o Option Contract: An options contract gives the buyer the right to buy the asset at a fixed price. However, there is no obligation on the part of the buyer to go through with the purchase. Nevertheless, should the buyer choose to buy the asset, the seller is obliged to sell it.
o A call option on a stock allows to purchase the underlier(security or commodity which is subject to delivery upon exercise of an option contract) at a preset price on a future date, while, a put optionallows to sell the underlier.
o Normally, delivery is not taken or given on F&O segment, only the difference in buy or sell price at squaring off to when position was initiated is exchanged between buyers and sellers, unknown to each other.
Note: In the F&O segment, price bands or circuit filters are generally not applied as these are forward contracts. At present, there are over 200 stocks in the F&O segment on the NSE.
Need for the move
• With the recent spike in intra-day volatility in stocks, that are part of the equity futures and options (F&O) segment, there are concerns that investors’ wealth is getting wiped out in a single day by recent falls in stocks on which derivative products are available.
• SEBI has asked for suggestions to review the rules to prevent such extraordinary price movements.
• It has proposed to cap the maximum daily movement up to 20 per cent for all stocks, including those in F&O.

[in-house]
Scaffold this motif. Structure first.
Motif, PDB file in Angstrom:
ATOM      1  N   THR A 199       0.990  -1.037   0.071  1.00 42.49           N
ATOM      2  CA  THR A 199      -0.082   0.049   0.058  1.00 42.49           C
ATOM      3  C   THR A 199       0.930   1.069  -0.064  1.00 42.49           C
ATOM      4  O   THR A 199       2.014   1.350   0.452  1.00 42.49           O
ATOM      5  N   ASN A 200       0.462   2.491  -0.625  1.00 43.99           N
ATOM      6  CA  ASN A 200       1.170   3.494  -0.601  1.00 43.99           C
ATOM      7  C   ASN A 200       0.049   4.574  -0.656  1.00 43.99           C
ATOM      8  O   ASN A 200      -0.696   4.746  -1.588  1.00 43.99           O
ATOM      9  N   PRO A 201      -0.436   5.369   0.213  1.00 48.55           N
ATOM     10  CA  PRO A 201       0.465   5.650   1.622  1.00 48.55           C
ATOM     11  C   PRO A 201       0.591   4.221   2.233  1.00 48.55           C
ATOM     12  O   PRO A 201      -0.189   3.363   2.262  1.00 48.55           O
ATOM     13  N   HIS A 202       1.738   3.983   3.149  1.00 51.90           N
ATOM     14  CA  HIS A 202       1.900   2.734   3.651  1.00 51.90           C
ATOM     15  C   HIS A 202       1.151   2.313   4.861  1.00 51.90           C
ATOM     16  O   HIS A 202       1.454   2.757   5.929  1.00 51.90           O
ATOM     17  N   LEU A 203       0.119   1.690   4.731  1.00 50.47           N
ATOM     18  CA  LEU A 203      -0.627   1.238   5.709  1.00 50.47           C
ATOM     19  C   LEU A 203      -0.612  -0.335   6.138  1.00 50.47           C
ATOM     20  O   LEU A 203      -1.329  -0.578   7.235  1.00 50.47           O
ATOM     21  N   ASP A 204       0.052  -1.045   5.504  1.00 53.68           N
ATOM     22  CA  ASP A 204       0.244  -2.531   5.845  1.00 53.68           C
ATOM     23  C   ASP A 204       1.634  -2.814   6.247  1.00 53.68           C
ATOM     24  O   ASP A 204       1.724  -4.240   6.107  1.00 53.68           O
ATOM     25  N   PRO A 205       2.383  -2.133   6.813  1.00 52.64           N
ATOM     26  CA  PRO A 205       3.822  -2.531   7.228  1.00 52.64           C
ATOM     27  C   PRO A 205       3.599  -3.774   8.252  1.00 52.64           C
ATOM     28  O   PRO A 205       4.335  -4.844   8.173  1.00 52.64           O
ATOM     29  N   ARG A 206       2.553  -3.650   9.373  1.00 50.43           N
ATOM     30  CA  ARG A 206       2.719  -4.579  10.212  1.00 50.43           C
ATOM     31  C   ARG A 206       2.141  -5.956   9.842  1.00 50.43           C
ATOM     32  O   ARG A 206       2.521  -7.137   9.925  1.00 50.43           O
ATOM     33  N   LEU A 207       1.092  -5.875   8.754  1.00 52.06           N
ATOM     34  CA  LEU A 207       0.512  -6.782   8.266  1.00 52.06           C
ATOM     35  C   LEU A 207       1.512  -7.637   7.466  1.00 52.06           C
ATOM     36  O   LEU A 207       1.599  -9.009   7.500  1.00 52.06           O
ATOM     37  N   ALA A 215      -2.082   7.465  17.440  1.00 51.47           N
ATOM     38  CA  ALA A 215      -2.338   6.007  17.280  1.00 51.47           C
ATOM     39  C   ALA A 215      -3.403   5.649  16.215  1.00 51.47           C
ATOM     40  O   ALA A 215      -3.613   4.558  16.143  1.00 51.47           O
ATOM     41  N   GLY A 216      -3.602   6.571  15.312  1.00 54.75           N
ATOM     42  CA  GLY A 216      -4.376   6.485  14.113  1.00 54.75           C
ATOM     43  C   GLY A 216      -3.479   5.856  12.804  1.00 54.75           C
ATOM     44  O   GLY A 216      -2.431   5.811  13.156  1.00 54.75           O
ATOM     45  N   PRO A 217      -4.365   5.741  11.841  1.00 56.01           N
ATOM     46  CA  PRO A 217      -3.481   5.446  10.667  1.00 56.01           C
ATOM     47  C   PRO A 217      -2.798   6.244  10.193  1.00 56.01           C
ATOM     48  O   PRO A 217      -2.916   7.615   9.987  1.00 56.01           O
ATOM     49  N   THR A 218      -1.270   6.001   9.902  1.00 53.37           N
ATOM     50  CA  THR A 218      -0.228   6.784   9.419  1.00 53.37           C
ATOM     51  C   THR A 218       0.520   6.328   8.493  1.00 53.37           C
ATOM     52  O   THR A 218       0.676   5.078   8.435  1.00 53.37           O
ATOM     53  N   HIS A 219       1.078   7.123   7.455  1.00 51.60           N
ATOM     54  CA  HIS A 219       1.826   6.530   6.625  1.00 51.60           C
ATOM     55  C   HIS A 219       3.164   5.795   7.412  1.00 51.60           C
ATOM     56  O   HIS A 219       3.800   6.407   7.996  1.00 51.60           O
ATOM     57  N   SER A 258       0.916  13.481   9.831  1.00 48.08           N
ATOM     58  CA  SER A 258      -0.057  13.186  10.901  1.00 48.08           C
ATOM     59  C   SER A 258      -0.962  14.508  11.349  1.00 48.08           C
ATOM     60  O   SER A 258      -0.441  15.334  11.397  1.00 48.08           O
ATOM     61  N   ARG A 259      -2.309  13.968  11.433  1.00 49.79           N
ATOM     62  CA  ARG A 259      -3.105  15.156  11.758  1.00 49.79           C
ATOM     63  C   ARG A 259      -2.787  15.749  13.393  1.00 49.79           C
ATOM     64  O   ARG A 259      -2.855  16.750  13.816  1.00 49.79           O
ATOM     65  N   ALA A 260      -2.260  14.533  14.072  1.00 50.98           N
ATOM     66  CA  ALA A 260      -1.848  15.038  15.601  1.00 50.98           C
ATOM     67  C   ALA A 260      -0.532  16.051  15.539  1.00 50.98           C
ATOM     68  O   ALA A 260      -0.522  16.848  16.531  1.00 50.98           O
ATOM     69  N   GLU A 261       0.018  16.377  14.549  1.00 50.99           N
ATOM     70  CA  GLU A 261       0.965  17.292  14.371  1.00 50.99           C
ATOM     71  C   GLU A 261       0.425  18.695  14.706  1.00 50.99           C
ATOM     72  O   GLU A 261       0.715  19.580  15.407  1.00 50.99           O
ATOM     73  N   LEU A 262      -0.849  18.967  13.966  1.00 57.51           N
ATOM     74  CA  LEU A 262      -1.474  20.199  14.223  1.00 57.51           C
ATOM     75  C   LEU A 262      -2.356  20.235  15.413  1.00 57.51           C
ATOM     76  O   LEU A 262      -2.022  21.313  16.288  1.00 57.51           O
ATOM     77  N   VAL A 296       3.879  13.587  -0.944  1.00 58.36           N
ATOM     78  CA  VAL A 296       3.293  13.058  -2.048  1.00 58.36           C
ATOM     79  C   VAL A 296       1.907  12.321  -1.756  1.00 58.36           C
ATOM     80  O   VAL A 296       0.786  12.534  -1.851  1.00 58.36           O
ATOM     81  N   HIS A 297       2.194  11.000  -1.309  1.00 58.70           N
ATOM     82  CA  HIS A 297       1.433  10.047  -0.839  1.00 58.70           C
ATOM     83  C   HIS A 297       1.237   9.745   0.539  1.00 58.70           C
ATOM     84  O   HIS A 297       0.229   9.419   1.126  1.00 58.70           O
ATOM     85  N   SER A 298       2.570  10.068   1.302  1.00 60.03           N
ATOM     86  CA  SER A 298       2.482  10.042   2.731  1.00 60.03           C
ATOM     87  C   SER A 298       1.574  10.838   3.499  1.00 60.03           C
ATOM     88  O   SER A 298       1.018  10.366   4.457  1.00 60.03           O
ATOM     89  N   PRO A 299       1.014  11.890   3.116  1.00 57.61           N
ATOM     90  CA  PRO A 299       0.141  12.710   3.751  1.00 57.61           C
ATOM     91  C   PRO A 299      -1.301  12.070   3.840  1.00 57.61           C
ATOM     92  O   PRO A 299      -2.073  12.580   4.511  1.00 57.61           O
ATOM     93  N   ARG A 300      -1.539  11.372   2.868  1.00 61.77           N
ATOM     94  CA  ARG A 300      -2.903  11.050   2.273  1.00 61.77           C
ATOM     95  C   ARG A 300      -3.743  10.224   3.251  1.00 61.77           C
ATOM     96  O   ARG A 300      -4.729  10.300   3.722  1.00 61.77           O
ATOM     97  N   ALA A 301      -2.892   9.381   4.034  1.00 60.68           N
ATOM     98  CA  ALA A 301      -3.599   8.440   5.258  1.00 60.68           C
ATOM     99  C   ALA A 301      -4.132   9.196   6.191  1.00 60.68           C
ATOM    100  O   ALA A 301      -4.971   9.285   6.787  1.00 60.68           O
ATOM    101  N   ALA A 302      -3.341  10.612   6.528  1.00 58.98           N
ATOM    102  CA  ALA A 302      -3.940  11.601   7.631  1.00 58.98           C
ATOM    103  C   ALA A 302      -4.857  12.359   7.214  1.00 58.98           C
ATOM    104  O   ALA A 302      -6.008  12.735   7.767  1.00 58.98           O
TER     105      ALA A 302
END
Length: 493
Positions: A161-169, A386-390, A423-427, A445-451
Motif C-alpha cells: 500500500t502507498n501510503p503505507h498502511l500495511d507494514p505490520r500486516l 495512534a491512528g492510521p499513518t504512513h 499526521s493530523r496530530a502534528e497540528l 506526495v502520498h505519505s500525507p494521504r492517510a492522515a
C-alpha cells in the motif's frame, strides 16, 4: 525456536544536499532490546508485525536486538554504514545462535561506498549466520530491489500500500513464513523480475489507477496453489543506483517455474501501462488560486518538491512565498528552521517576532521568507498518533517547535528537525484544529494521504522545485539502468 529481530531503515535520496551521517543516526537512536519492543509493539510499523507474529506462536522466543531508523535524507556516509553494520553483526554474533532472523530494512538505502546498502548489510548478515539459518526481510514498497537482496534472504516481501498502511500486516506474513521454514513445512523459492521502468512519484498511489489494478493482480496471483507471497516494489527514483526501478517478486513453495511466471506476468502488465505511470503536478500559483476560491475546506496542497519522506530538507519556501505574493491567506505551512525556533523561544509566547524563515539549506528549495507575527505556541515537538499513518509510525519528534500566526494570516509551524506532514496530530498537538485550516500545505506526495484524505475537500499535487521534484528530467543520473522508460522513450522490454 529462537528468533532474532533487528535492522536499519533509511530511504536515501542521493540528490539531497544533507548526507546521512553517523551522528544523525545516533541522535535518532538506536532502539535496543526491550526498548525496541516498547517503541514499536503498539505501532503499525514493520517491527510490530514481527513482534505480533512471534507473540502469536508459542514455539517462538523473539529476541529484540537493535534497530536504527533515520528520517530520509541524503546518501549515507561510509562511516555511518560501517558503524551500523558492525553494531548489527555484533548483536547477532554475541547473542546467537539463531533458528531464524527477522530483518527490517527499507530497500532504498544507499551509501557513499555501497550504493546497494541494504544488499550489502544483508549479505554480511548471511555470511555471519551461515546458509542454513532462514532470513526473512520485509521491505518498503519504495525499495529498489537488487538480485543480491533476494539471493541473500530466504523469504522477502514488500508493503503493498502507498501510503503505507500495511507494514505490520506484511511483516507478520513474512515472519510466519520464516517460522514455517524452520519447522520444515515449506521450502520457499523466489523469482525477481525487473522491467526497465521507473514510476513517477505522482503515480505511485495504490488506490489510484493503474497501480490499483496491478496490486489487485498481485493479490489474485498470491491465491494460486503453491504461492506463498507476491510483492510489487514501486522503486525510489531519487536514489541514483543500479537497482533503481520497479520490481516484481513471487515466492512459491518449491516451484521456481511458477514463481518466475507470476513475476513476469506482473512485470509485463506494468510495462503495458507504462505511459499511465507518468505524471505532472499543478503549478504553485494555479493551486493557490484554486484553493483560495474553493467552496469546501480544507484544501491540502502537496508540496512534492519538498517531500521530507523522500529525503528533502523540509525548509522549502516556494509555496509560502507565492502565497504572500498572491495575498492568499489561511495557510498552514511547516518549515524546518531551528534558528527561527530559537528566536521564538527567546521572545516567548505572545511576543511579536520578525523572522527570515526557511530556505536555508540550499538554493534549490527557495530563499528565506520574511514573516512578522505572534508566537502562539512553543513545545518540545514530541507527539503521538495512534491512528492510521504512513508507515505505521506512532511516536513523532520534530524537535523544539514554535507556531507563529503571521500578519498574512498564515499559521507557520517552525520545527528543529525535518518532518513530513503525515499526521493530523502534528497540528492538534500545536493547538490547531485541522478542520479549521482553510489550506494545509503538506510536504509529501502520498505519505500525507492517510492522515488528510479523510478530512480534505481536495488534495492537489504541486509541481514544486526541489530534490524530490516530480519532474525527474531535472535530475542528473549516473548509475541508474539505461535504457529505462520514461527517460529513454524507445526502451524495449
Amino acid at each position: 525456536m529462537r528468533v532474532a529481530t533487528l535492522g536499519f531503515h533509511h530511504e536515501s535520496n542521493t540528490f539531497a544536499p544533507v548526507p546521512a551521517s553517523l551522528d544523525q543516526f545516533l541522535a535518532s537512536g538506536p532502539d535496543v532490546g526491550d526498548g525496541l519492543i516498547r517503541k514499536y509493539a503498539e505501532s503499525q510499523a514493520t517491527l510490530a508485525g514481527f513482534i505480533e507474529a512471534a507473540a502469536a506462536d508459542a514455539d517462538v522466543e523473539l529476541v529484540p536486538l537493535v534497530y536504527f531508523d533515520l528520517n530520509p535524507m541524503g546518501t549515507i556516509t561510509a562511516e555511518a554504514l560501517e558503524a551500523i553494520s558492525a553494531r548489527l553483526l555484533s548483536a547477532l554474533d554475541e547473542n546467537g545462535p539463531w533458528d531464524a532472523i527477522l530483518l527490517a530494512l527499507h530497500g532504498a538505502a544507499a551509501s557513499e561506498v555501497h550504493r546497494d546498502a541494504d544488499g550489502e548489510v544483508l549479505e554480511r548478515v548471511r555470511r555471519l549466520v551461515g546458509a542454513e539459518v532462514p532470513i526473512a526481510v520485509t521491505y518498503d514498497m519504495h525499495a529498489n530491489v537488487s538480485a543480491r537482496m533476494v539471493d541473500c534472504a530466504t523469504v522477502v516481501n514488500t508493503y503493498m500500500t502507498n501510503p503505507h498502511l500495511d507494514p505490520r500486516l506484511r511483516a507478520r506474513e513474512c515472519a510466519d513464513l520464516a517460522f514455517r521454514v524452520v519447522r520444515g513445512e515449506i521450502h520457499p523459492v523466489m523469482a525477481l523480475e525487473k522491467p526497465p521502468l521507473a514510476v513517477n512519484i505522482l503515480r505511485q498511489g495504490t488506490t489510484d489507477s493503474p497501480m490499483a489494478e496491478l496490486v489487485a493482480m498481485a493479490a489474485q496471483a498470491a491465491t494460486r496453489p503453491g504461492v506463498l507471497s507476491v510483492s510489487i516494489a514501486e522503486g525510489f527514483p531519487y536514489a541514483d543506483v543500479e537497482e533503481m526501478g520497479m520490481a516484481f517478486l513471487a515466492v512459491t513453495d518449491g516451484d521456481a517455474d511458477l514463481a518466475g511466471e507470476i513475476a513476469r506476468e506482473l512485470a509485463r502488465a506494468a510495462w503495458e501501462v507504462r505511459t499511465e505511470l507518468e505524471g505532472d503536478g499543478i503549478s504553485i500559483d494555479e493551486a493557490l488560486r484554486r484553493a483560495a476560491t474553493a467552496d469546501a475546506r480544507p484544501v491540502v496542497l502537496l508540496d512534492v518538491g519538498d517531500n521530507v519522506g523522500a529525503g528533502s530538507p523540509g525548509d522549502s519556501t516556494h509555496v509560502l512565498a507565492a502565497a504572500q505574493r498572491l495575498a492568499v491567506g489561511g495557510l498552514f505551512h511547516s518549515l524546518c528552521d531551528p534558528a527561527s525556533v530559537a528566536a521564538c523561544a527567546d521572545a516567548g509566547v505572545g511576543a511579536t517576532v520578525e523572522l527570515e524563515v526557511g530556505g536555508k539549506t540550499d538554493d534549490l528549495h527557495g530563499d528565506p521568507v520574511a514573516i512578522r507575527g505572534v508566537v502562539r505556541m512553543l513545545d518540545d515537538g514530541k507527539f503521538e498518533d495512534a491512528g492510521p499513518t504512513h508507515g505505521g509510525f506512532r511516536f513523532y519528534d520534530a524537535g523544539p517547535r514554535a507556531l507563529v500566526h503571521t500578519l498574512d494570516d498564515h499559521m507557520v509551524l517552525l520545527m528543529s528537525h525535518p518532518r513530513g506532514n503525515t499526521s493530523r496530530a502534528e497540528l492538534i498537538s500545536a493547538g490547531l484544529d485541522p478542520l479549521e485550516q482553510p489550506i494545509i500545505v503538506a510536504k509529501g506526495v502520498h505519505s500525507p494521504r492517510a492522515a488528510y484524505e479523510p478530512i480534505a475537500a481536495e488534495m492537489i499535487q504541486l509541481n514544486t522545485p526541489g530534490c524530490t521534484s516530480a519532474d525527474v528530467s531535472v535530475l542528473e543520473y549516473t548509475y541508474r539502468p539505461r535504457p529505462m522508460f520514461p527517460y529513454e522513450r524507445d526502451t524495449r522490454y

• It has also suggested a combination of dynamic and fixed price band or call auction mechanism.
• SEBI has sought suggestions on whether it should continue with the current system.
• Also, it has sought public view on whether any measures are required at this stage or it could hamper free market and fair price discovery.
• Benefits of the move:
o Imposing such circuit filters may arrest abnormal movement of the price of the scrip beyond a certain limit.
o It may give some opportunity to listed firms and its promoters to assess the movement of the stock price and enable them to make market announcement.
o Introducing call auction may ensure wider participation of investors thereby leading to better price discovery as compared to the current system of flexing of dynamic price bands which is based on limited number of trades.